Mexico City hosted the first Mesamérica gastronomy summit to promote Mexican gastronomy's legacy, cultural richness, and diversity to the world.
As Puerto Vallarta heads into the dog days of summer, the last place most want to be is in the heat of a kitchen. The opposite is true, however, for chef Miriam Flores of Puerto Vallarta. One of the city's hottest new restauranteurs, Flores has been selling out twice-weekly cooking classes at her… latest venue, La Luna. She's also working on a line of private-label salsas to be sold in food stores across the US.
Flores, a graduate of Le Cordon Bleu Arts Program at the Western Culinary Institute in Portland, Oregon, has been making a name for herself in Puerto Vallarta since accepting the executive chef position at sea-side restaurant Época, where she focused on bringing a modern flair to traditional Mexican flavors.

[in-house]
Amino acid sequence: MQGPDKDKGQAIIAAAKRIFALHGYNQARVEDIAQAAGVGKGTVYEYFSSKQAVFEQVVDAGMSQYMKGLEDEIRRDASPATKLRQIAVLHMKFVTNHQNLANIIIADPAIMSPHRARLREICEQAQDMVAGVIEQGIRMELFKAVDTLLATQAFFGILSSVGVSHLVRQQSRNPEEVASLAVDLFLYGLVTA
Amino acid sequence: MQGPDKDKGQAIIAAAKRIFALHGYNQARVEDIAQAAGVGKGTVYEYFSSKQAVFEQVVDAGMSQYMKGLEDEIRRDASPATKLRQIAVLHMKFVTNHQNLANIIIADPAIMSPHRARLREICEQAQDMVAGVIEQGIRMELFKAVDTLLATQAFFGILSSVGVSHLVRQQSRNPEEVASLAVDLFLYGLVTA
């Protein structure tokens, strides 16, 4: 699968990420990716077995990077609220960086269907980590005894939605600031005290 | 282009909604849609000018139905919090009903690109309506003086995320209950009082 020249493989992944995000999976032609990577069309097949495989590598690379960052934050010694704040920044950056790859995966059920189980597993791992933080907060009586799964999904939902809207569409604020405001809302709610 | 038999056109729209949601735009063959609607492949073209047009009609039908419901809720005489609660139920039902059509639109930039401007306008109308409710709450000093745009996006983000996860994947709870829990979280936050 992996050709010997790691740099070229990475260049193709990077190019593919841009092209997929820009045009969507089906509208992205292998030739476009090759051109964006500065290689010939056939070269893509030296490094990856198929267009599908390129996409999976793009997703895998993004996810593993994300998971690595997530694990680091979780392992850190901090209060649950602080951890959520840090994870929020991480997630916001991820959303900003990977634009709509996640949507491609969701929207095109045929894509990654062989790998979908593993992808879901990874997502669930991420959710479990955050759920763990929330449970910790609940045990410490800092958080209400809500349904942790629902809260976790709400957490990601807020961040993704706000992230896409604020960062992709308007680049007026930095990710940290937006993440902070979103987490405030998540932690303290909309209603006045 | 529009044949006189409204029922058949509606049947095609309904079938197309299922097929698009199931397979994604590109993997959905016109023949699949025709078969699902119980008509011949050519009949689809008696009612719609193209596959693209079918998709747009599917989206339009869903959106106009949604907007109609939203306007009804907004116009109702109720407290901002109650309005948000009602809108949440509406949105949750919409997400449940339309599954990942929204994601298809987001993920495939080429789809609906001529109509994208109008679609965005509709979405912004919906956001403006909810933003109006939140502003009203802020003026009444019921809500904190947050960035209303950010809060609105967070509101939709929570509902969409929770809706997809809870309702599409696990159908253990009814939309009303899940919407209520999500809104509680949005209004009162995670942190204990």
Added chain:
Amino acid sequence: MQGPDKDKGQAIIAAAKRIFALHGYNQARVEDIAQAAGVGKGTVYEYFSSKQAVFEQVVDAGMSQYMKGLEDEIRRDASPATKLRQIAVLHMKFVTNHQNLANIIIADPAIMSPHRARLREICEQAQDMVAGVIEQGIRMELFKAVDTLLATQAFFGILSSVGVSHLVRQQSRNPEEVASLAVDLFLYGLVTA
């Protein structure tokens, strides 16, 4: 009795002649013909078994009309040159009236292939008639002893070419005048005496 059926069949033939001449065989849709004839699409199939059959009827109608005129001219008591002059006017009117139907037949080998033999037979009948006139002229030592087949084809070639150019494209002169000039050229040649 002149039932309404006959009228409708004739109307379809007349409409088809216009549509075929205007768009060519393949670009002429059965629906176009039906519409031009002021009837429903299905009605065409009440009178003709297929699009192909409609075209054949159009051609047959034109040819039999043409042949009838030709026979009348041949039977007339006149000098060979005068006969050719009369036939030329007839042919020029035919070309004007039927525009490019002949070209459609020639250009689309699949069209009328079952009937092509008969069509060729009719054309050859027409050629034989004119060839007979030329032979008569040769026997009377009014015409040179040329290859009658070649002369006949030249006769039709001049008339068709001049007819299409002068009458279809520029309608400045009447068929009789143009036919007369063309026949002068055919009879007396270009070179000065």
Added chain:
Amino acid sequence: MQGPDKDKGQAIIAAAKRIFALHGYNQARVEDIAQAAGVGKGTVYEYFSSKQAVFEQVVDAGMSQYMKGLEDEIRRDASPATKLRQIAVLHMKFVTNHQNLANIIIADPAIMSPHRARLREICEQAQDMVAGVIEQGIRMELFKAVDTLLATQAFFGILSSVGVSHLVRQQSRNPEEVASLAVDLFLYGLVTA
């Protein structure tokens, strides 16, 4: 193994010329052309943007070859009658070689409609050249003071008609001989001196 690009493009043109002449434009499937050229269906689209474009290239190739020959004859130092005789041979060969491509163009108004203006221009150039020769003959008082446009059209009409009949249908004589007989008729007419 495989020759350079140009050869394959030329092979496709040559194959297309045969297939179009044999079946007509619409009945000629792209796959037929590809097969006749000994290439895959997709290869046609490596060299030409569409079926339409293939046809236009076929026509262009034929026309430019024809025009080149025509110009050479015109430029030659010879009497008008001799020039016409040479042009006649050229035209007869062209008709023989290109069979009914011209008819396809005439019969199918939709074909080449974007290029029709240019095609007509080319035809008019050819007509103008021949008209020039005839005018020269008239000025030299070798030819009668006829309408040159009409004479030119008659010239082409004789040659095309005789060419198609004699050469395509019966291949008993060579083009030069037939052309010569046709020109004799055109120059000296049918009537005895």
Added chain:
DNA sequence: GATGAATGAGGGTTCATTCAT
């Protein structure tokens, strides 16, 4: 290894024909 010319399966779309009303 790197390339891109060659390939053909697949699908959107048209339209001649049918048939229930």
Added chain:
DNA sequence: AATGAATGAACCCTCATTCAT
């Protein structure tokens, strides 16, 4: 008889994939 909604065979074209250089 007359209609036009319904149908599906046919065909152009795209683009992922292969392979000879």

It was at Época where Flores hired sous chef Veronica Colin, a recent graduate from la Escuela Culinaria Internacional in Guadalajara, who would soon become a partner in the transformation of an old hotel that Colin's family owned into a state of the art venue for cooking classes and events. Flores completed her vision in the fall of 2011 and named La Luna, which now consists of a quaint bar, a deli, and a show-kitchen designed to seat fourteen people for cooking demonstrations. I had the chance to catch one of the last classes of the season, which happened to feature guest chef Joe Jack of one of Vallarta's most popular restaurants, Joe Jack's Fish Shack.
The class began with a hands-on baking demonstration in a traditional Mexican bakery (also owned by the Colin family) that sits aside La Luna, where we learned how to make organic dough out of the most basic of ingredients. We then shaped and topped the dough with herbs, olive oil, and garlic and placed our creations in a massive brick oven. While our bread baked, we moseyed on over to the bar at La Luna where Joe Jack taught us how to make his famous Mojitos.